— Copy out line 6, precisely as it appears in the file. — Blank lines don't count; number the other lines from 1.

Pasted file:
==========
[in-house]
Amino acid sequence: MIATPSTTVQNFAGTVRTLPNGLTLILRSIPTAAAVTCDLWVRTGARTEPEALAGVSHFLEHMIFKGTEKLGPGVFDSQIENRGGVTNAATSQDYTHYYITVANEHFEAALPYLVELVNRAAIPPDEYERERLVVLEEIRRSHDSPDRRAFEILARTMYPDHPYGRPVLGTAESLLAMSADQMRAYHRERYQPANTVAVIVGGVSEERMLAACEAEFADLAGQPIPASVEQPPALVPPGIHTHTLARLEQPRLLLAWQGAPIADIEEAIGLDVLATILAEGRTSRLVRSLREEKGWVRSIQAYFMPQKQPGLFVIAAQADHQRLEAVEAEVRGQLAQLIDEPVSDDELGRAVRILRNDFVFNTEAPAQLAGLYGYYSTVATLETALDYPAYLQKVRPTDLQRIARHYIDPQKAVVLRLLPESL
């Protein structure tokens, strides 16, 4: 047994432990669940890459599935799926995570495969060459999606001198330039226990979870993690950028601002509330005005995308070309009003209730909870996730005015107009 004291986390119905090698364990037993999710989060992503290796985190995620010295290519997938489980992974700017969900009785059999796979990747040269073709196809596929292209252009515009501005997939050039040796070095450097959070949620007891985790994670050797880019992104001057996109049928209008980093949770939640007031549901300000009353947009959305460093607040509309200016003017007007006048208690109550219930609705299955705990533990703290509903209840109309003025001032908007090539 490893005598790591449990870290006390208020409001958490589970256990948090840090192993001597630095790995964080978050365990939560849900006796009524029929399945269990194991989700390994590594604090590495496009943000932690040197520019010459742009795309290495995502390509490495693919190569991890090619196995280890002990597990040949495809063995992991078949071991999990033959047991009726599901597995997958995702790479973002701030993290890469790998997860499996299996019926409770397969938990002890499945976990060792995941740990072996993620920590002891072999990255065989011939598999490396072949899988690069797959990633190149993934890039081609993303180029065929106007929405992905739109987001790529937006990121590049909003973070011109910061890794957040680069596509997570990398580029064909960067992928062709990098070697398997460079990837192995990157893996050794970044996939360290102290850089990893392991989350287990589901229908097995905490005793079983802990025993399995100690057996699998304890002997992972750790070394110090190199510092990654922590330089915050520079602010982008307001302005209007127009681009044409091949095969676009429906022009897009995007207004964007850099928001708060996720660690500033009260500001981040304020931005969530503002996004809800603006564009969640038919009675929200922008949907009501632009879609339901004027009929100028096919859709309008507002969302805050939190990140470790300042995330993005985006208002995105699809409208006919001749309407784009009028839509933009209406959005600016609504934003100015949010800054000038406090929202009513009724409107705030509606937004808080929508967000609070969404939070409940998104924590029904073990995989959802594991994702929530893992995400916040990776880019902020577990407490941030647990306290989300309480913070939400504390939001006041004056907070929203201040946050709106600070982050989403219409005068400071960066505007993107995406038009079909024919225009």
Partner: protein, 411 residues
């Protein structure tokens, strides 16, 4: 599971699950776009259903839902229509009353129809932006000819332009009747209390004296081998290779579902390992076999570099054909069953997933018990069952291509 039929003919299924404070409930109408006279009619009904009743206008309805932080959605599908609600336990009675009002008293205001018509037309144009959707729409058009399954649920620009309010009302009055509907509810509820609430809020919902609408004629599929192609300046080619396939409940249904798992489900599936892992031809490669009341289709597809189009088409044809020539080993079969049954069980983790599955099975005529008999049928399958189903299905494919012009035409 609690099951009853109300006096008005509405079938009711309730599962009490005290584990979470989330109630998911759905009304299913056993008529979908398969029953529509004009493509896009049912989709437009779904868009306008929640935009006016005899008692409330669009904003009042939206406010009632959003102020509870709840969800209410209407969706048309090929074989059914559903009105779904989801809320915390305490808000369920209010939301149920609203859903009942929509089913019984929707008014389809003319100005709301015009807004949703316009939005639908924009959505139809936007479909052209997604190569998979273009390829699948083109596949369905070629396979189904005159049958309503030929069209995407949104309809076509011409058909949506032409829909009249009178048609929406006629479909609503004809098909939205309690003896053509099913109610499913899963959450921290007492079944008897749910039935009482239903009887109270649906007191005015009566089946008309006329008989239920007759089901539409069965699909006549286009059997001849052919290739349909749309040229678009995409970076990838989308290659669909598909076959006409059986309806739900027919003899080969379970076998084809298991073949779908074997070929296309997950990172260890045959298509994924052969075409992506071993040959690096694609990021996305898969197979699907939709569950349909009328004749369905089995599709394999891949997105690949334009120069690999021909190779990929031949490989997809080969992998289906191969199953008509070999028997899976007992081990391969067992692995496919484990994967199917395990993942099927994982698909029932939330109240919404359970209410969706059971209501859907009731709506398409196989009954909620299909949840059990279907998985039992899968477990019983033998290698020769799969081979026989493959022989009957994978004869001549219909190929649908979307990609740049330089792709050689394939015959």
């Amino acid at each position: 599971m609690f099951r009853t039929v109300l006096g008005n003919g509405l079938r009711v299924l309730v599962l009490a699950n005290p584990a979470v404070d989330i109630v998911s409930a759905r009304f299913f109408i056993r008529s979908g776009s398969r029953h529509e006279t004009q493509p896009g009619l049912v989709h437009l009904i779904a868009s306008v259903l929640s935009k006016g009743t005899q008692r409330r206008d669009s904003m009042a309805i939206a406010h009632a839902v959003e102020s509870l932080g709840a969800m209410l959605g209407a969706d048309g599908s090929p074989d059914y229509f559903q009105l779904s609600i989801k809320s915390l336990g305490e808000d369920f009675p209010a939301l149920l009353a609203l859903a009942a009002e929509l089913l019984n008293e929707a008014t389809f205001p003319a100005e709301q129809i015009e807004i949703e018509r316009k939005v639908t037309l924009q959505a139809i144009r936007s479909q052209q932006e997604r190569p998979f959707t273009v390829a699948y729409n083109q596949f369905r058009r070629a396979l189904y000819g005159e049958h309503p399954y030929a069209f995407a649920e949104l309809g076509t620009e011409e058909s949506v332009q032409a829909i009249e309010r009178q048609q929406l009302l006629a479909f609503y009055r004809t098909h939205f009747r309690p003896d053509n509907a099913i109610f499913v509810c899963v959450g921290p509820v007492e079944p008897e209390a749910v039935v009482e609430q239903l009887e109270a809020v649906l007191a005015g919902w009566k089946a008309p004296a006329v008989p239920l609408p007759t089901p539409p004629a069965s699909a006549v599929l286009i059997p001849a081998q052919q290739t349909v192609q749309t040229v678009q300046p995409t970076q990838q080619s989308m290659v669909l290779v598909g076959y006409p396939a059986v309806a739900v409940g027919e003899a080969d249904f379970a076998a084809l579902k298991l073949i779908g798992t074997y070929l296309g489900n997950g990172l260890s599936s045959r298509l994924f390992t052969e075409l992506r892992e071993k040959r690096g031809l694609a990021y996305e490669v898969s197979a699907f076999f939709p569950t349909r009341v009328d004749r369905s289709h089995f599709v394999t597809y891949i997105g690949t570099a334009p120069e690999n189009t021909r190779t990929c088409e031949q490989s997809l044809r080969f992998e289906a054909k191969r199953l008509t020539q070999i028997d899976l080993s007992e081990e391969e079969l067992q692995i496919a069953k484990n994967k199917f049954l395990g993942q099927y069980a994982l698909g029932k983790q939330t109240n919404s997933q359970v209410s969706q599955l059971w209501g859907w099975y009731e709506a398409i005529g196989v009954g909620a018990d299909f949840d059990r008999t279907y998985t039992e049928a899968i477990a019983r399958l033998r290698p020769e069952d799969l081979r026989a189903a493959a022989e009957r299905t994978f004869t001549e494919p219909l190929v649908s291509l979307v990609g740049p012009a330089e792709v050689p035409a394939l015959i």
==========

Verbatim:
């Amino acid at each position: 599971m609690f099951r009853t039929v109300l006096g008005n003919g509405l079938r009711v299924l309730v599962l009490a699950n005290p584990a979470v404070d989330i109630v998911s409930a759905r009304f299913f109408i056993r008529s979908g776009s398969r029953h529509e006279t004009q493509p896009g009619l049912v989709h437009l009904i779904a868009s306008v259903l929640s935009k006016g009743t005899q008692r409330r206008d669009s904003m009042a309805i939206a406010h009632a839902v959003e102020s509870l932080g709840a969800m209410l959605g209407a969706d048309g599908s090929p074989d059914y229509f559903q009105l779904s609600i989801k809320s915390l336990g305490e808000d369920f009675p209010a939301l149920l009353a609203l859903a009942a009002e929509l089913l019984n008293e929707a008014t389809f205001p003319a100005e709301q129809i015009e807004i949703e018509r316009k939005v639908t037309l924009q959505a139809i144009r936007s479909q052209q932006e997604r190569p998979f959707t273009v390829a699948y729409n083109q596949f369905r058009r070629a396979l189904y000819g005159e049958h309503p399954y030929a069209f995407a649920e949104l309809g076509t620009e011409e058909s949506v332009q032409a829909i009249e309010r009178q048609q929406l009302l006629a479909f609503y009055r004809t098909h939205f009747r309690p003896d053509n509907a099913i109610f499913v509810c899963v959450g921290p509820v007492e079944p008897e209390a749910v039935v009482e609430q239903l009887e109270a809020v649906l007191a005015g919902w009566k089946a008309p004296a006329v008989p239920l609408p007759t089901p539409p004629a069965s699909a006549v599929l286009i059997p001849a081998q052919q290739t349909v192609q749309t040229v678009q300046p995409t970076q990838q080619s989308m290659v669909l290779v598909g076959y006409p396939a059986v309806a739900v409940g027919e003899a080969d249904f379970a076998a084809l579902k298991l073949i779908g798992t074997y070929l296309g489900n997950g990172l260890s599936s045959r298509l994924f390992t052969e075409l992506r892992e071993k040959r690096g031809l694609a990021y996305e490669v898969s197979a699907f076999f939709p569950t349909r009341v009328d004749r369905s289709h089995f599709v394999t597809y891949i997105g690949t570099a334009p120069e690999n189009t021909r190779t990929c088409e031949q490989s997809l044809r080969f992998e289906a054909k191969r199953l008509t020539q070999i028997d899976l080993s007992e081990e391969e079969l067992q692995i496919a069953k484990n994967k199917f049954l395990g993942q099927y069980a994982l698909g029932k983790q939330t109240n919404s997933q359970v209410s969706q599955l059971w209501g859907w099975y009731e709506a398409i005529g196989v009954g909620a018990d299909f949840d059990r008999t279907y998985t039992e049928a899968i477990a019983r399958l033998r290698p020769e069952d799969l081979r026989a189903a493959a022989e009957r299905t994978f004869t001549e494919p219909l190929v649908s291509l979307v990609g740049p012009a330089e792709v050689p035409a394939l015959i």